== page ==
“Russ, if You Had Been Born in Afghanistan You Would Have Been a Muslim.”

Last week I was hanging out with some school friends and as the conversation usual turns, it turned to God and Christianity and my evangelicalism and we are off to the races. During the course of that conversation we got to a point at which I had expressed the exclusivity of Christianity and made an ultimate truth claim that Christianity was the only correct and true worldview. It was at this point that my friend said, “Russ, if you had been born in Afghanistan you would have been a Muslim.” I didn’t know how I should respond and the conversation shifted away from it. But it bugged me because I didn’t know. So I turned to my good friends at BeThinking .org for answers here is what I found;

“There is an old parable about six blind Hindus touching an elephant. One blind man touched the side of the elephant and said it was a wall. Another blind man touched the ear and said it was a large leaf of a tree. Yet another blind man was holding a leg and thought it was a tree trunk. Still another blind man took hold of the elephant’s trunk and said it was a snake. Someone else was touching the elephant’s tusk and believed it was a spear. Another blind man had the elephant’s tail in his hand and was calling it a rope. All of the blind men were touching the same reality but were understanding it differently. They all had the right to interpret what they were touching in their own personal way, yet it was the same elephant.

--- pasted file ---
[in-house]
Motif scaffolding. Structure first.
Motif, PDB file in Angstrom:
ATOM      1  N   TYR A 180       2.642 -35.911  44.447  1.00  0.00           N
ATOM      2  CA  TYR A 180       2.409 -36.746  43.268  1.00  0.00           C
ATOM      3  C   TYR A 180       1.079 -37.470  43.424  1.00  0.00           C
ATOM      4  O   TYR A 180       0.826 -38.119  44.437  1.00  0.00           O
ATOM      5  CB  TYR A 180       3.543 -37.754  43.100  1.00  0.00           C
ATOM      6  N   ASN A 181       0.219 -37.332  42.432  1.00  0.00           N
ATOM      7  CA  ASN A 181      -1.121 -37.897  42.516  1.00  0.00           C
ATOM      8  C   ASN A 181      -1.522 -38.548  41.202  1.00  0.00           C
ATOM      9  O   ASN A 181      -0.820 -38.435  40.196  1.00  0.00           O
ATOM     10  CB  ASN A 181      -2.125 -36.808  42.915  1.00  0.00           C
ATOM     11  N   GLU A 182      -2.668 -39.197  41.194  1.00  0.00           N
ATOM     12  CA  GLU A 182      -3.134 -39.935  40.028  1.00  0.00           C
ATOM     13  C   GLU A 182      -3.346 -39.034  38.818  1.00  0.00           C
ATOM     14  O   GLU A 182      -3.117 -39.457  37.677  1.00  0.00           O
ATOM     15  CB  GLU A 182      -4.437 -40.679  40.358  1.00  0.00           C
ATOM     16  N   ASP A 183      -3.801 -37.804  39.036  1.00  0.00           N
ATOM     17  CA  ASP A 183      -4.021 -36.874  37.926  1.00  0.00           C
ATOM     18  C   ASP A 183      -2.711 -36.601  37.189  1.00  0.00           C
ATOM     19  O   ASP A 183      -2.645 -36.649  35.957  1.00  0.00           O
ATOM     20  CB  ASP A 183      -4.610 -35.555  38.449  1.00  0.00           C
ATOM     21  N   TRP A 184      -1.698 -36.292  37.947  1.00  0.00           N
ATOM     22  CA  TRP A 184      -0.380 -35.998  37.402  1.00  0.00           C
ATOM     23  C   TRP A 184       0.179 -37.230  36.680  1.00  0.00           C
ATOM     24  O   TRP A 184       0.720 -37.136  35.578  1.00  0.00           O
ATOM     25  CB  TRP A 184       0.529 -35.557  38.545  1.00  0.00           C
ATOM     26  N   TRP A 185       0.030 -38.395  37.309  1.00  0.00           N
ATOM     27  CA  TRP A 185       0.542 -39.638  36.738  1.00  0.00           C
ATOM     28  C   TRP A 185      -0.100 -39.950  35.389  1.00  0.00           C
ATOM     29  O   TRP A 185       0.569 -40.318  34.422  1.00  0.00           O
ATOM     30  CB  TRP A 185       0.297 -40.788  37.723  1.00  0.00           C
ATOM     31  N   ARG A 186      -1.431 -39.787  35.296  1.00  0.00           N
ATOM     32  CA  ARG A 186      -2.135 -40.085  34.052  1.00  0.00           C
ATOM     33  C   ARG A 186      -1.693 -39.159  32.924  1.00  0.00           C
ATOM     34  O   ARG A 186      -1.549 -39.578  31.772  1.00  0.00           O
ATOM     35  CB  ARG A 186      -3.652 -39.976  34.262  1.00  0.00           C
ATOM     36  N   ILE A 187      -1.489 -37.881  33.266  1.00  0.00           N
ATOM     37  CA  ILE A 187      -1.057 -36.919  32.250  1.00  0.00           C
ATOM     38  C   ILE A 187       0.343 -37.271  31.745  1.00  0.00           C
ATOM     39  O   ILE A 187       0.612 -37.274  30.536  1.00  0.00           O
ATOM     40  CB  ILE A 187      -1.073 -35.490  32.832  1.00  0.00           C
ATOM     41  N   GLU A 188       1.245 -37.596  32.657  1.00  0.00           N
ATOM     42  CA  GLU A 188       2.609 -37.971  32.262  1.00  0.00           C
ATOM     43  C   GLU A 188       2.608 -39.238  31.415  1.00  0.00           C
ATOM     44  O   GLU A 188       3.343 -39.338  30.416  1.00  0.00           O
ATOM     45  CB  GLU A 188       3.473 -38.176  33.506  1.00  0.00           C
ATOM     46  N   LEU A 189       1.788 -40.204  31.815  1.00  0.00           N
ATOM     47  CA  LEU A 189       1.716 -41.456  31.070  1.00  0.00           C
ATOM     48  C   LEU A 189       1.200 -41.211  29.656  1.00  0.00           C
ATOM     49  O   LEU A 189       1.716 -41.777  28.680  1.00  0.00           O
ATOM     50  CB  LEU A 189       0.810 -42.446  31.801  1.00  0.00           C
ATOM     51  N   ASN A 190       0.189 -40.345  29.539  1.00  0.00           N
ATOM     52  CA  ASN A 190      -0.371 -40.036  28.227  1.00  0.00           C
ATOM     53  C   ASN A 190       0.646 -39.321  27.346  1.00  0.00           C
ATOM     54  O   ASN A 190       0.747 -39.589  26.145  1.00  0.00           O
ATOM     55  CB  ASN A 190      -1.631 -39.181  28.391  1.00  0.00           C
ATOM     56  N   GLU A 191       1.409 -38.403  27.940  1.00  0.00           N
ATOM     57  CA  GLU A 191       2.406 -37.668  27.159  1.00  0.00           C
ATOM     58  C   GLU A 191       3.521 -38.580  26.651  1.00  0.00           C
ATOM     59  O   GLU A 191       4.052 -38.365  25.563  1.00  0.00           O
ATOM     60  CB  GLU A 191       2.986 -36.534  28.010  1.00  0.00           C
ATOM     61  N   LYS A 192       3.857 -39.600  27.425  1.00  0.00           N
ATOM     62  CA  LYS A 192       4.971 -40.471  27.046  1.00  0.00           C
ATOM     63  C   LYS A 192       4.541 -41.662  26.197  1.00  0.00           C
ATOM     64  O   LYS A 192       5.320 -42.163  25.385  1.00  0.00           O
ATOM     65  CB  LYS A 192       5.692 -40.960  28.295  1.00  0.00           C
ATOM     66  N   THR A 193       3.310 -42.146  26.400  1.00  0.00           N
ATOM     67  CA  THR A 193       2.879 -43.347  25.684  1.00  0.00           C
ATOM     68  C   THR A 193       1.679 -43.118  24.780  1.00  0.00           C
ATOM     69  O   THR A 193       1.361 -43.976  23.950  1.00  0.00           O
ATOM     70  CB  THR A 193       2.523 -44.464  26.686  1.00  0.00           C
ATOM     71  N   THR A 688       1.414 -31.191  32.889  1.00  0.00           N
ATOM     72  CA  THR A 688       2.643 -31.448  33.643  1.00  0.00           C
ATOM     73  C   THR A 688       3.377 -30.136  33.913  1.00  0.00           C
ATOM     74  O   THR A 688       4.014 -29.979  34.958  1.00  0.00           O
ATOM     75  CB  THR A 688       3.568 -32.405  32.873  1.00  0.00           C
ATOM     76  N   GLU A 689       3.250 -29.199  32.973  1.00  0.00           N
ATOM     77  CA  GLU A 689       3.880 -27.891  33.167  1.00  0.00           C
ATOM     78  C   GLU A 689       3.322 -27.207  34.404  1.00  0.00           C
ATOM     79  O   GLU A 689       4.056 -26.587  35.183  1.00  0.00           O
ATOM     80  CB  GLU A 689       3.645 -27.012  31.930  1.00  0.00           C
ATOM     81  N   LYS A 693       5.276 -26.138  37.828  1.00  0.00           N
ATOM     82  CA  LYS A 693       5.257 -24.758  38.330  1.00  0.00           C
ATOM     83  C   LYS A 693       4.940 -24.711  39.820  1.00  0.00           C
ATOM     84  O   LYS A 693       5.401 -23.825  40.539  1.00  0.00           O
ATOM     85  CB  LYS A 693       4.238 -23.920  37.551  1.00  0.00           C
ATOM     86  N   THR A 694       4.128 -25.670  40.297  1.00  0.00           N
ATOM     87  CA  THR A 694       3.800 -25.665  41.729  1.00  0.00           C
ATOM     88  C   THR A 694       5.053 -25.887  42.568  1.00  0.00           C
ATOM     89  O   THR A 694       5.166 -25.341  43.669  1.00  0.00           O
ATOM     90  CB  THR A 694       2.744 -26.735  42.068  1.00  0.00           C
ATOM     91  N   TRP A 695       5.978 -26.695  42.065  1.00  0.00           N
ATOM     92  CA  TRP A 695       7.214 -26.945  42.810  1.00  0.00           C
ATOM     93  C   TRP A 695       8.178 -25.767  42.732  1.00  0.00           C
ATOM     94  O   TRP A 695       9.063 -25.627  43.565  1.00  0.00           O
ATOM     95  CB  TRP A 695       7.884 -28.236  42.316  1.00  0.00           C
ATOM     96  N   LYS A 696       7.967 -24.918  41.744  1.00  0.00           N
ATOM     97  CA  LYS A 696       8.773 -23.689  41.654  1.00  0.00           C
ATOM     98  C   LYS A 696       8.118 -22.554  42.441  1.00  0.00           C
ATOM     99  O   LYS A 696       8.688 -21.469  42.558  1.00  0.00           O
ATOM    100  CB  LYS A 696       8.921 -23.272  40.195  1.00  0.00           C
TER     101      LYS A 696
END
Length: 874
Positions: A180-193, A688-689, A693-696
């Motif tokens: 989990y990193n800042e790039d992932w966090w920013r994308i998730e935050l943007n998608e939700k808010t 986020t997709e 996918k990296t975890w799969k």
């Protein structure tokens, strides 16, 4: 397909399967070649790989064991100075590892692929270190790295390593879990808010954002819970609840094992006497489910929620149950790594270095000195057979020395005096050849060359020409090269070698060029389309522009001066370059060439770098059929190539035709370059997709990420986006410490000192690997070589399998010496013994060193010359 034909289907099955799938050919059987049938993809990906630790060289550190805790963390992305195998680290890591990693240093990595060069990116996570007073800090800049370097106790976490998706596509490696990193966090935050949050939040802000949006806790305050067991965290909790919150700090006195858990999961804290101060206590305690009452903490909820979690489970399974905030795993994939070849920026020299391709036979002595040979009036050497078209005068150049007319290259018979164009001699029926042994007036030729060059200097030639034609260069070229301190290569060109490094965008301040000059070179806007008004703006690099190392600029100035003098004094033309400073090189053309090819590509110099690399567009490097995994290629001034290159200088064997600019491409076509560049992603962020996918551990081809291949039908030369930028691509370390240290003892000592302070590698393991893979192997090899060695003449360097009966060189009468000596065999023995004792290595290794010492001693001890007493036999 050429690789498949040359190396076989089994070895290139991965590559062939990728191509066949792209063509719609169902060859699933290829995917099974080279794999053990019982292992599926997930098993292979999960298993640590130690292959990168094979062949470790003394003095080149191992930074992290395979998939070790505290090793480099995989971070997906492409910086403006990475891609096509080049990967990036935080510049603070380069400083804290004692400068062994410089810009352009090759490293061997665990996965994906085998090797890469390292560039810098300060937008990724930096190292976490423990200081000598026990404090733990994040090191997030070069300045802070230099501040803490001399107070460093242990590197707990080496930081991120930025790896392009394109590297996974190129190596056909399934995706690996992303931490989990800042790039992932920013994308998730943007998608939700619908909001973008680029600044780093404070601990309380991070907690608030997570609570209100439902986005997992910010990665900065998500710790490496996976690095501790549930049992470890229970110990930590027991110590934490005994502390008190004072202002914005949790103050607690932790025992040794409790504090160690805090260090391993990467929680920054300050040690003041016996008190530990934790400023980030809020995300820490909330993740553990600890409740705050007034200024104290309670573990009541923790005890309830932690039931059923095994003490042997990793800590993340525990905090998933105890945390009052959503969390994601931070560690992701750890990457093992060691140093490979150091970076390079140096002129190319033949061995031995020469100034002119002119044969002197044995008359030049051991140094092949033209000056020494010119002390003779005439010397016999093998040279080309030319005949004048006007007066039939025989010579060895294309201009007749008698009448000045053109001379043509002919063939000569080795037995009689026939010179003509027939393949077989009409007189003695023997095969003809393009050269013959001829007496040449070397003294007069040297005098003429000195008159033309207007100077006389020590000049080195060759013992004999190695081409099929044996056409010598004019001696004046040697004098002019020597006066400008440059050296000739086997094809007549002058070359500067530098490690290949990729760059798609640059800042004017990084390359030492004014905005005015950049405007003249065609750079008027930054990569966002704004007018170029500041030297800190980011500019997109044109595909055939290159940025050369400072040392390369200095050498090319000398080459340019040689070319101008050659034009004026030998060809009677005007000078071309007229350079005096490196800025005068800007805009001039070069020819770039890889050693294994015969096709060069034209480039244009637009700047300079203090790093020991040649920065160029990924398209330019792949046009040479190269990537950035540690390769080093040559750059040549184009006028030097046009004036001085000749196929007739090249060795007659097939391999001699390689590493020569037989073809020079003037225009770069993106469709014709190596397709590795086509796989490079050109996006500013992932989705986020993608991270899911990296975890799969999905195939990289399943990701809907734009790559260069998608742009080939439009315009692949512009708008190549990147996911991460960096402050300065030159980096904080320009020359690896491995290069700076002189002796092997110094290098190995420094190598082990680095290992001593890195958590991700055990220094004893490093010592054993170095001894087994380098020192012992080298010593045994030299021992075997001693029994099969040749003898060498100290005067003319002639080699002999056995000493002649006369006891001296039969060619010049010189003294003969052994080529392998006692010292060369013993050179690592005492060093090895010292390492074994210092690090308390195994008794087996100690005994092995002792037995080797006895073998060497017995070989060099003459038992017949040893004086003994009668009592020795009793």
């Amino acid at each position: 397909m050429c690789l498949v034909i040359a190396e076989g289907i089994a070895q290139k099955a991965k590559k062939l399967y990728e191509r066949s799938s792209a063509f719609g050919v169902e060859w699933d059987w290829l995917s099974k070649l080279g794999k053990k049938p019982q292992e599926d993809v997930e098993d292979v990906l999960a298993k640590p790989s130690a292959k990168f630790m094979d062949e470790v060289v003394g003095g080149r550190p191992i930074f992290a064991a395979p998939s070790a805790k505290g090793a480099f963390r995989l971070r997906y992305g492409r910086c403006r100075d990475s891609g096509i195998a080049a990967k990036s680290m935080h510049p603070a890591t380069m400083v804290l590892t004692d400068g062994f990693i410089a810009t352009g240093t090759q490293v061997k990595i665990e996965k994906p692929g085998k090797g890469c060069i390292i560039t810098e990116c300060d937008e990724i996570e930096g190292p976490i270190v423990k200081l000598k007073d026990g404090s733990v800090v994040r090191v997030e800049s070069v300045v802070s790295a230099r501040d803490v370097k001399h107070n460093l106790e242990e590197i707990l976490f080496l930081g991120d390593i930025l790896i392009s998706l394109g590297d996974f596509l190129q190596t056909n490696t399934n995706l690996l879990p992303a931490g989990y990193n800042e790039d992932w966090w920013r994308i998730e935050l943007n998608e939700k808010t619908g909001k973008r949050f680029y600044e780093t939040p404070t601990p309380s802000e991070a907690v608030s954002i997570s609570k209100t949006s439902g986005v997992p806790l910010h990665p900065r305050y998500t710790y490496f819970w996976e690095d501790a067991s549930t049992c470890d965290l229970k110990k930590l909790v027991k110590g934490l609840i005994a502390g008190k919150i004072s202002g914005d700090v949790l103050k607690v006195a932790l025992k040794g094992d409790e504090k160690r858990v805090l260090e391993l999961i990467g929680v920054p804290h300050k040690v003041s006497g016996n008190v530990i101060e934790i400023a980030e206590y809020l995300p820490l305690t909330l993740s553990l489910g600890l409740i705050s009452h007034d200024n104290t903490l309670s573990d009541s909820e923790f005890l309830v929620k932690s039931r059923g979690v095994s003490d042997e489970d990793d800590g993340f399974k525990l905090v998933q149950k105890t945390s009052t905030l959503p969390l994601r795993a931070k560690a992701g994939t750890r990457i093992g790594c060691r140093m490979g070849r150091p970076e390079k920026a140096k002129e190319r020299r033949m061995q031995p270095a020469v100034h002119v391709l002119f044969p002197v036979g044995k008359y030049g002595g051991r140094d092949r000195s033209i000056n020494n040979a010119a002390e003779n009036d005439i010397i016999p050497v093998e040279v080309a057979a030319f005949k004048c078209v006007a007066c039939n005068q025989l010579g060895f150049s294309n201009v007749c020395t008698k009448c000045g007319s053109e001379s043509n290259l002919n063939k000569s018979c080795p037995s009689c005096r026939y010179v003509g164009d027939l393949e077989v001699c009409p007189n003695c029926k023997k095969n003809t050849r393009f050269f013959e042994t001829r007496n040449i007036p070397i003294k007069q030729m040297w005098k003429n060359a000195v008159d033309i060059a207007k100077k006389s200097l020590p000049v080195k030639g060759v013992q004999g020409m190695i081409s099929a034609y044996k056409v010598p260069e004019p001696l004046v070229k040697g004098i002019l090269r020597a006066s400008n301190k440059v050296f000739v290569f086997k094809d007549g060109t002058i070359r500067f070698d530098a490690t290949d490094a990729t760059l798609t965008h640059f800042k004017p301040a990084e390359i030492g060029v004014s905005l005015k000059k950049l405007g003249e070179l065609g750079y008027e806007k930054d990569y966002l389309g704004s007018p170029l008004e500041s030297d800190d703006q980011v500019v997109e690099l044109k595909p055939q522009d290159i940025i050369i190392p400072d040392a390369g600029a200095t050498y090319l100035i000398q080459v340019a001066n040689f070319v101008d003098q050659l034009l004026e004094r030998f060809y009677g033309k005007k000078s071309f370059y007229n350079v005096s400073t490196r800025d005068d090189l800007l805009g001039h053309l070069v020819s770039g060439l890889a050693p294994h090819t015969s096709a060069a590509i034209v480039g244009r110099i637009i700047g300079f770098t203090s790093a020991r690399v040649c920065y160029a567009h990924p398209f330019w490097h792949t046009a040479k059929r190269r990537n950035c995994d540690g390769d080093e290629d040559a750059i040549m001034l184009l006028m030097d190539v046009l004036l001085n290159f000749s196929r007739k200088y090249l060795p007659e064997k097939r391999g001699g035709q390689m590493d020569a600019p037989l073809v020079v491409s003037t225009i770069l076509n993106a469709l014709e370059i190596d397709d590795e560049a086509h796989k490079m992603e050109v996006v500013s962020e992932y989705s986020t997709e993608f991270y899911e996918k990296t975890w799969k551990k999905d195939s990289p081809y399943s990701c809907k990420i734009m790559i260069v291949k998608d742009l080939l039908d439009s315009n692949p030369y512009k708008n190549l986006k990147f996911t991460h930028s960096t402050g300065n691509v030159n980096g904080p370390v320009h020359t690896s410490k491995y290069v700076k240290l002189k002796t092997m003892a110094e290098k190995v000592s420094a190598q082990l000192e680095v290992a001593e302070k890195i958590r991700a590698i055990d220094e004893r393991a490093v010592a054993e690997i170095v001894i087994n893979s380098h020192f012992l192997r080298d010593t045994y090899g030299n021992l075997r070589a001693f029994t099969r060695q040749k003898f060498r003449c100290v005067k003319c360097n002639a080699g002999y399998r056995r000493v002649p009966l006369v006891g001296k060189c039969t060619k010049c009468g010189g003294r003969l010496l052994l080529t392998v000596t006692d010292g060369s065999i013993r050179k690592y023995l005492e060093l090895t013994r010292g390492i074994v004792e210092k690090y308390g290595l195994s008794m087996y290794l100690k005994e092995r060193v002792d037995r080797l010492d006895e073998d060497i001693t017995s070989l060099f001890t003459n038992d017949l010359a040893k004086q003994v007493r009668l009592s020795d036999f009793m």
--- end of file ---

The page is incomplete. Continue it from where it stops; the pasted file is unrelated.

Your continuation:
People have used this old parable to share their opinion or viewpoint that no one religion is the only route to God (pluralism). Pluralists believe that the road to God is wide. The opposite of this is that only one religion is really true (exclusivism).